Originally posted July 2010
I am a documentary filmmaker of Iraqi origin and have lived in London for a long time. I worked for many years as a film editor on documentaries and dramas and was working toward my ultimate goal, which is to make a fiction feature film, when the first Gulf War erupted in 1991.
Like so many other Iraqis in exile, I sat glued to the TV every night, watching the “fireworks” exploding in Baghdad’s night sky and “smart” bombs taking out their targets as if in some video game. Hundreds of hours of British media coverage and yet there was not one ordinary Iraqi present in the footage; it was as if the whole country was empty, except for Saddam Husayn. For those of us with friends and family in Iraq, this created a kind of madness — a sickening realization that such coverage made it easier for ordinary people in the West to accept the war if they didn’t have to think about human beings like themselves being on the receiving end of all this firepower.
I was traumatized to the point of losing my grip on the English language, which I had spoken all my life. I struggled to remember names of the most ordinary objects — “table,” “salt,” “window” ... but maybe what was really being lost was the ability to speak about the loss. I finally rediscovered my voice, however, by making a documentary film about Iraq — a kind of history of the country from its modern beginnings in the 1920s through to the Gulf War, told through the experiences of Iraqi women living in exile in the UK. At this point I began to understand that you sometimes try to repair, in creative work, what has been shattered in the “real” world.
I went on to make other documentary films in Palestine, Lebanon, Egypt, and Iran. In fact, most of my films have been about the Middle East, in one way or another.
And so I began to feel that I was like someone who lived on a bridge — between Europe and the Middle East — never entirely in one place or the other, but being a sort of conduit between the two.
My commitment is to make a space where people can tell their own stories — where they, hopefully, emerge as the complex, contradictory human beings that they are. However difficult the circumstances in which people are forced to live, I feel it is critical not to reduce them to mere abstract victims. Today, media stories about Iraq do depict Iraqis, though the narratives usually represent them as picking their way through smoke, fire, and blood in the aftermath of an explosion. Viewers are none the wiser: Who are these people? What is this neighborhood? Who is this mother crying on the pavement? Alas, all of them are portrayed simply as “victims.”
Our Feelings Took the Pictures: Open Shutters Iraq is my third film about Iraq and my most recent documentary. Its subject is an unusual photography project in which a group of women from five cities in Iraq lived and worked together for a month in a traditional courtyard house in Damascus. There they learned to take photographs, and at the same time, presented “life maps” to each other: large charts full of family photos, scrawled poetry and quotations, crisscrossing green, red, and black marker lines, detailing the ups and downs, forwards and reverses of their lives. The women unearthed memories buried for 30 years in the course of just trying to survive years of war, dictatorship, and sanctions. As I filmed the women listening spellbound to each other, without comment or judgment, I could feel them becoming more and more aware of their respective stories. It is as if the organ with which we listen to the stories of others is not our ears, but stories of our own. In the end, they had woven together the threads of their individual lives into a collective fabric of the Iraqi female experience.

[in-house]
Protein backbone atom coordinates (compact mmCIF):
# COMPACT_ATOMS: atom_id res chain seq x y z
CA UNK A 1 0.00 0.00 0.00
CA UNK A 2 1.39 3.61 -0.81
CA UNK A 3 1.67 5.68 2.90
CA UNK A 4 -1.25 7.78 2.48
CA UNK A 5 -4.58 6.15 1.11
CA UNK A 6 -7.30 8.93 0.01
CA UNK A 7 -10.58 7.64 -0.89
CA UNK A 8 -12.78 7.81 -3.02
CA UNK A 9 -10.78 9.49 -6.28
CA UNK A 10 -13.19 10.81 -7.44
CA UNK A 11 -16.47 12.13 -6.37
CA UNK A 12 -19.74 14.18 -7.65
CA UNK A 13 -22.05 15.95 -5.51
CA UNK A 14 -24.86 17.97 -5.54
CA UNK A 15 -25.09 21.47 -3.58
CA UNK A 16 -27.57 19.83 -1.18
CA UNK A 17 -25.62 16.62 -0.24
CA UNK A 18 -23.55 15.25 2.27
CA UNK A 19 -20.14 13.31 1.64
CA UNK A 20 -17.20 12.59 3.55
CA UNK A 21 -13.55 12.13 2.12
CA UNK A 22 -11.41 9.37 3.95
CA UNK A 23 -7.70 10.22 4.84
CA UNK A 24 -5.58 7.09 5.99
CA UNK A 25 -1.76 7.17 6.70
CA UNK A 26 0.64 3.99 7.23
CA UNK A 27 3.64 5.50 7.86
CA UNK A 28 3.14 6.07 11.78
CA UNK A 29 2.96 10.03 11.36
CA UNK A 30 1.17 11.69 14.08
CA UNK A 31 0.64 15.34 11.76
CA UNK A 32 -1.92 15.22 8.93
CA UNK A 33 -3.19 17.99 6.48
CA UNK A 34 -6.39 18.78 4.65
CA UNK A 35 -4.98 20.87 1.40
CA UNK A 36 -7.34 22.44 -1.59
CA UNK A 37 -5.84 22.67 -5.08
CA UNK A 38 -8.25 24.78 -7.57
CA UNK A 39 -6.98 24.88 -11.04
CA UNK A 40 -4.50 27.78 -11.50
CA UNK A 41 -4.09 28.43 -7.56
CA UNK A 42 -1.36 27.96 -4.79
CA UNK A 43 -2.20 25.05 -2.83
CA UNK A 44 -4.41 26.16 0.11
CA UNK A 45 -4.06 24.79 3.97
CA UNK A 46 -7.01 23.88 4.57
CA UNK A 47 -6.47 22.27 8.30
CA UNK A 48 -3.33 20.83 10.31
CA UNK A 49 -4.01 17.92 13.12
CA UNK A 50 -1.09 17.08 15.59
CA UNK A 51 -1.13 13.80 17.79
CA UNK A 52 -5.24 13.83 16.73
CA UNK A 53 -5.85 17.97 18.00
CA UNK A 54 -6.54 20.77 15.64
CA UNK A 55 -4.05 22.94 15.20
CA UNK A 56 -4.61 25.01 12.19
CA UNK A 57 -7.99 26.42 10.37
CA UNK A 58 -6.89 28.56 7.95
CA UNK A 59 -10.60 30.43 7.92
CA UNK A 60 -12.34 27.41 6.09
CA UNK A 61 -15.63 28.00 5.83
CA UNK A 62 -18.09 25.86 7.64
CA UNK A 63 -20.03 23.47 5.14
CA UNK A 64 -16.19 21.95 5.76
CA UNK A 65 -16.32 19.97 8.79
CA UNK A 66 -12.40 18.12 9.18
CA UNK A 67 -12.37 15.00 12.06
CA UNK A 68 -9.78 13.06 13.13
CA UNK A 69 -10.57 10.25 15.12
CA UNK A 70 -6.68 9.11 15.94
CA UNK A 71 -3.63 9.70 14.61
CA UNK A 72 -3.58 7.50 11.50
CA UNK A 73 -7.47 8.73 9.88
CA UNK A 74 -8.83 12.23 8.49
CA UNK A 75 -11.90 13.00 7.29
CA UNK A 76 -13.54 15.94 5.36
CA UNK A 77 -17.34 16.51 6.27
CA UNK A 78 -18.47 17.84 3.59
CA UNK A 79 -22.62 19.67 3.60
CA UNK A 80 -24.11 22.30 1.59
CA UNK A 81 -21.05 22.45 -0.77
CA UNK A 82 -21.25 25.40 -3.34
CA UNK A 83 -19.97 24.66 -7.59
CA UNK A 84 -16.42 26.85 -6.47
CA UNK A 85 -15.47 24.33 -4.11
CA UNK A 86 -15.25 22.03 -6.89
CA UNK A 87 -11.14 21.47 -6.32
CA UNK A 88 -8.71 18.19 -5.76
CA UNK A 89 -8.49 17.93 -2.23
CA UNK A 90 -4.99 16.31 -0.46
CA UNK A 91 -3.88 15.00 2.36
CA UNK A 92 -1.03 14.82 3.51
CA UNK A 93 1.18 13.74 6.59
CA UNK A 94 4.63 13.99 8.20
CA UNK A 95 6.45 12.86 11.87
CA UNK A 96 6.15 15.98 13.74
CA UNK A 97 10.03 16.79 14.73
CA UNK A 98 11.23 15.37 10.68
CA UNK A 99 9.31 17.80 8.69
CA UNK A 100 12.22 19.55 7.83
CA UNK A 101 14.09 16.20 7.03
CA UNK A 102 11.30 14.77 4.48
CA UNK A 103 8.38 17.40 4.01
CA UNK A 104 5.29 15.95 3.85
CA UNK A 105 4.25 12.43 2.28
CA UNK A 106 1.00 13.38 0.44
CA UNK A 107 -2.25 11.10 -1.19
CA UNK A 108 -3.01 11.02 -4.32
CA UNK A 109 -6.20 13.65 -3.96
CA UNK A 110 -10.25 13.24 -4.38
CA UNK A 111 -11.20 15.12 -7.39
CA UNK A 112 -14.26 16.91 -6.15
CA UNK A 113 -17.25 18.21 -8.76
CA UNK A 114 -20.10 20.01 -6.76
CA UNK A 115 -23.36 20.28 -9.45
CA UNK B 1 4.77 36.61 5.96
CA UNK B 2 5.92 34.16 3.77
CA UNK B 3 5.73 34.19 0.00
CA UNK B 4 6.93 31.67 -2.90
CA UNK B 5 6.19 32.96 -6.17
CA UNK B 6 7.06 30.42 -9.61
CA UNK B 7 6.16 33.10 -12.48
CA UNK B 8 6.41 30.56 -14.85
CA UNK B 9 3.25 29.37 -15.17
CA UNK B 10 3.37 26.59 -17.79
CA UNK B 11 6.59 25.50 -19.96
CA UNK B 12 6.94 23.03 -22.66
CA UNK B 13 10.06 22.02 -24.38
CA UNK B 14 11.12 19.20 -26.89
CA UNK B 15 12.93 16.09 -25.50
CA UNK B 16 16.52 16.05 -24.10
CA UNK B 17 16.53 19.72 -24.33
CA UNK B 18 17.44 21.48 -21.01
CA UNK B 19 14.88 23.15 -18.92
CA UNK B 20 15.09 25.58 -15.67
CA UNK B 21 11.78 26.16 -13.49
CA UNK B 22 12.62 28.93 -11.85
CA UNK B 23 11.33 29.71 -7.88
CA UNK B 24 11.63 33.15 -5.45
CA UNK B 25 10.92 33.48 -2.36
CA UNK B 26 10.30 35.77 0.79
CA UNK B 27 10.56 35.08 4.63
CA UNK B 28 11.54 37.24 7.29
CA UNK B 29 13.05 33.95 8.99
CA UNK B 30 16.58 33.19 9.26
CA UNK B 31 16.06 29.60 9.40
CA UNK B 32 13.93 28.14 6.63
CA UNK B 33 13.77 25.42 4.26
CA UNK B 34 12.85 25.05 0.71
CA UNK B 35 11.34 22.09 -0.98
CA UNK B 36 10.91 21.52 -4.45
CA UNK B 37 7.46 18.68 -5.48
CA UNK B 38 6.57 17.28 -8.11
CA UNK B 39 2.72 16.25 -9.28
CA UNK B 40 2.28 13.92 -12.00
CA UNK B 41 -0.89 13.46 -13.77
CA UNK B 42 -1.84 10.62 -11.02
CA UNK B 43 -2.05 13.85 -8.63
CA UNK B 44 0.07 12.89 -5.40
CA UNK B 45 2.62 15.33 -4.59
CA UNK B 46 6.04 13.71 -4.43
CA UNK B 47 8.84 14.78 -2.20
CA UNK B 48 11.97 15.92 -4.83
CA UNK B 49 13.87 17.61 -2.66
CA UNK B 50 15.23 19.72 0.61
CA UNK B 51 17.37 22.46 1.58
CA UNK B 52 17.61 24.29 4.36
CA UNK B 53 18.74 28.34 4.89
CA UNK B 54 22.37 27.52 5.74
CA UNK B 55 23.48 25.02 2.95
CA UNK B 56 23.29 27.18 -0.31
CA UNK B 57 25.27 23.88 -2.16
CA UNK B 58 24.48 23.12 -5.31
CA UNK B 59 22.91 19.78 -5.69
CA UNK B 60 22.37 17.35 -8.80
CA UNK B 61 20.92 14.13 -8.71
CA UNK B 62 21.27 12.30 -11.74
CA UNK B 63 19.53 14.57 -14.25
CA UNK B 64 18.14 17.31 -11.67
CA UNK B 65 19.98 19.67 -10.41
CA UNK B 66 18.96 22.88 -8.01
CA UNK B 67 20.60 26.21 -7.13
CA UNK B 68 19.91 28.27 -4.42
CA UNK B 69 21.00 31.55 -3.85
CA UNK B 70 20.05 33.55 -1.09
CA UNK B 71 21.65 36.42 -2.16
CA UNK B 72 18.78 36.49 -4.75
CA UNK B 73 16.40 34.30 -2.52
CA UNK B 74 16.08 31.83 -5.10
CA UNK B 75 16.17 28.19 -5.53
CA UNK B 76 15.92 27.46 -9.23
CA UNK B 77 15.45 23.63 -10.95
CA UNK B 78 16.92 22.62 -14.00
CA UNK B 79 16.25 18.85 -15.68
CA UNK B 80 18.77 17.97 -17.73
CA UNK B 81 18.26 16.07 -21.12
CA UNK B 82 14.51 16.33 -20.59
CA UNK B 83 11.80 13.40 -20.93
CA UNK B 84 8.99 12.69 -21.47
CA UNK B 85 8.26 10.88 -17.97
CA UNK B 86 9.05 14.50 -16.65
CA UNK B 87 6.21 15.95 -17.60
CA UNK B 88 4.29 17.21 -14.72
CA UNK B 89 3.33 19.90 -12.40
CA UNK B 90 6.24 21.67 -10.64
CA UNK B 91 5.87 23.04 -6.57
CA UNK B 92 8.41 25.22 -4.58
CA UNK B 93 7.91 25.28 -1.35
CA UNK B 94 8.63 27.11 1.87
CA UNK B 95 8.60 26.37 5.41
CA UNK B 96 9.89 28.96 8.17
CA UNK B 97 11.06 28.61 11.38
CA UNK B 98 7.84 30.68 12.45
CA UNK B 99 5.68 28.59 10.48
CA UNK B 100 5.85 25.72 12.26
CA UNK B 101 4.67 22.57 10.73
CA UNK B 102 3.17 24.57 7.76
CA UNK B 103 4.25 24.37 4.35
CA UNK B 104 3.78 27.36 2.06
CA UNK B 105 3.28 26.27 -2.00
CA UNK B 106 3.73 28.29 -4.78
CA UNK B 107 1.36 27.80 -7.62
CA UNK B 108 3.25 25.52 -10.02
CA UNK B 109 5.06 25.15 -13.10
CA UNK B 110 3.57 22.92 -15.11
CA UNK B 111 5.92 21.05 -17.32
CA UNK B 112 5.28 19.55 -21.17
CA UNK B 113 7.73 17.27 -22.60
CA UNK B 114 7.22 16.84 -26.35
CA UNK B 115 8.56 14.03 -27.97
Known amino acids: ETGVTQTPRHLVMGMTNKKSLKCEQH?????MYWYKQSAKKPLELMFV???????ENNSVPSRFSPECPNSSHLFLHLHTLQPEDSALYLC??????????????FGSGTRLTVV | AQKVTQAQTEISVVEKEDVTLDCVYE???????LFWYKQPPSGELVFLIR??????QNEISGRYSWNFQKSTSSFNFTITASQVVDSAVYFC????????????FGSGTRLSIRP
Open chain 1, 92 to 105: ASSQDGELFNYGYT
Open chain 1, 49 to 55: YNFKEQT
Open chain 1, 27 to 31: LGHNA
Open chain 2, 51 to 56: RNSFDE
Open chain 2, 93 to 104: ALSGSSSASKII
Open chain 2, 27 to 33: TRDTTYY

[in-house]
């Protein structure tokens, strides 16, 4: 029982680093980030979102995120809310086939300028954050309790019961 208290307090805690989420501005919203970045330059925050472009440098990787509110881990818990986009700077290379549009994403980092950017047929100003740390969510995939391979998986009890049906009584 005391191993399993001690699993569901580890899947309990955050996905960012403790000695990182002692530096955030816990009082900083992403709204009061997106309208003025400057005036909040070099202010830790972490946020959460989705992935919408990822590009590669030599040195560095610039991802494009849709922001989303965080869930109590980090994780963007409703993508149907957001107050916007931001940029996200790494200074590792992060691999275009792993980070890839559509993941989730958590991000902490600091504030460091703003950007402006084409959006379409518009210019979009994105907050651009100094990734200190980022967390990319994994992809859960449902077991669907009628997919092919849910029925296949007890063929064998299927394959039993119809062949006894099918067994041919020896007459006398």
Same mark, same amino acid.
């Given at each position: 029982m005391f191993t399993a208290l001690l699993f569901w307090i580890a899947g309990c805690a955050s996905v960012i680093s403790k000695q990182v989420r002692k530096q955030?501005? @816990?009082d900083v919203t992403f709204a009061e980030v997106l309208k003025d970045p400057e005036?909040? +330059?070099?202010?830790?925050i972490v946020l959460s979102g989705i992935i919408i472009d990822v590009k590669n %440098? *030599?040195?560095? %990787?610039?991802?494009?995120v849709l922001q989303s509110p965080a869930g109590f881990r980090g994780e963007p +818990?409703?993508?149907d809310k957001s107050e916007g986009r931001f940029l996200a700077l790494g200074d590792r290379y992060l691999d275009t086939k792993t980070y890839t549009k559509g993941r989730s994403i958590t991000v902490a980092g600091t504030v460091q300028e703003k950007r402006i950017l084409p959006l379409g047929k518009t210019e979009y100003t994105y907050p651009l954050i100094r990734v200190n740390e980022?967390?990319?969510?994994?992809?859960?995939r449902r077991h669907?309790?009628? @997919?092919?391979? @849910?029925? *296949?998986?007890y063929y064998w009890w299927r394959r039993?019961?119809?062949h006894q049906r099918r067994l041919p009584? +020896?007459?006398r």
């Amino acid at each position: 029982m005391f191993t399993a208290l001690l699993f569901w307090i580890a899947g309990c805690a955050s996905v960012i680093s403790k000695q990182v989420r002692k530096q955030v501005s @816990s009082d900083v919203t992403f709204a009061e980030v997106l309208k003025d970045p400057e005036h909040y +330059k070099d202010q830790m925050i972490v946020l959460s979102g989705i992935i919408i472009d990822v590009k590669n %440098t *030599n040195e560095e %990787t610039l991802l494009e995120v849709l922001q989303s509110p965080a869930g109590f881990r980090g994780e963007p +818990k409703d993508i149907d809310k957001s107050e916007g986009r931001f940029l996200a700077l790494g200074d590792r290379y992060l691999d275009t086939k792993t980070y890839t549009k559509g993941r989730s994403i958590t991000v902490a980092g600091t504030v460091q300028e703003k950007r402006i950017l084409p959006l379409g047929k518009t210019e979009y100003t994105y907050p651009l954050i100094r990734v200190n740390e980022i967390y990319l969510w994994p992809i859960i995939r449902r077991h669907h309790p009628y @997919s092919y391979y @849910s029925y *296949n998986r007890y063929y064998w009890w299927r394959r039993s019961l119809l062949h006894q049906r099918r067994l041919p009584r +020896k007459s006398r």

Each of the women decided on the subject of the photo-story she wanted to shoot back in Iraq and returned there to take hundreds of photographs — all of them imbued with the sharp emotional truth of lived experience. Six weeks later, back in Syria, they edited their work and wrote biographies, essays, and captions to accompany the pictures. My job was to make a film about the project, although, of course, I could not help becoming deeply involved in all aspects of the work. As I watched and filmed, I realized that all of us were participating in a transformative process: taking us from exploring and articulating our largely unspoken experience to making a work of creative expression. The women’s work now forms a traveling exhibition and dual language Arabic-English book; these portray a complex lived experience and history — individual and collective.
In 2004, I returned to Iraq for the first time in 35 years. I made a film and with my colleague Kasim Abid, who also is a London-based Iraqi filmmaker. I helped to set up a free-of-charge film-training center in Baghdad. We’ve had to work in a precarious situation, starting and stopping, always being ready to improvise. Nevertheless, our students have shown remarkable commitment and have now completed 15 short documentary films, giving a sense of ordinary life in Iraq, which is largely absent from the mainstream media.
I feel that for them, as well as for the women in the Open Shutters Iraq project, and for me as a filmmaker, all our work has been a form of resistance against the “un-making” of our world — both outside and inside us. And perhaps this is the real importance of creative work in a time of war and destruction.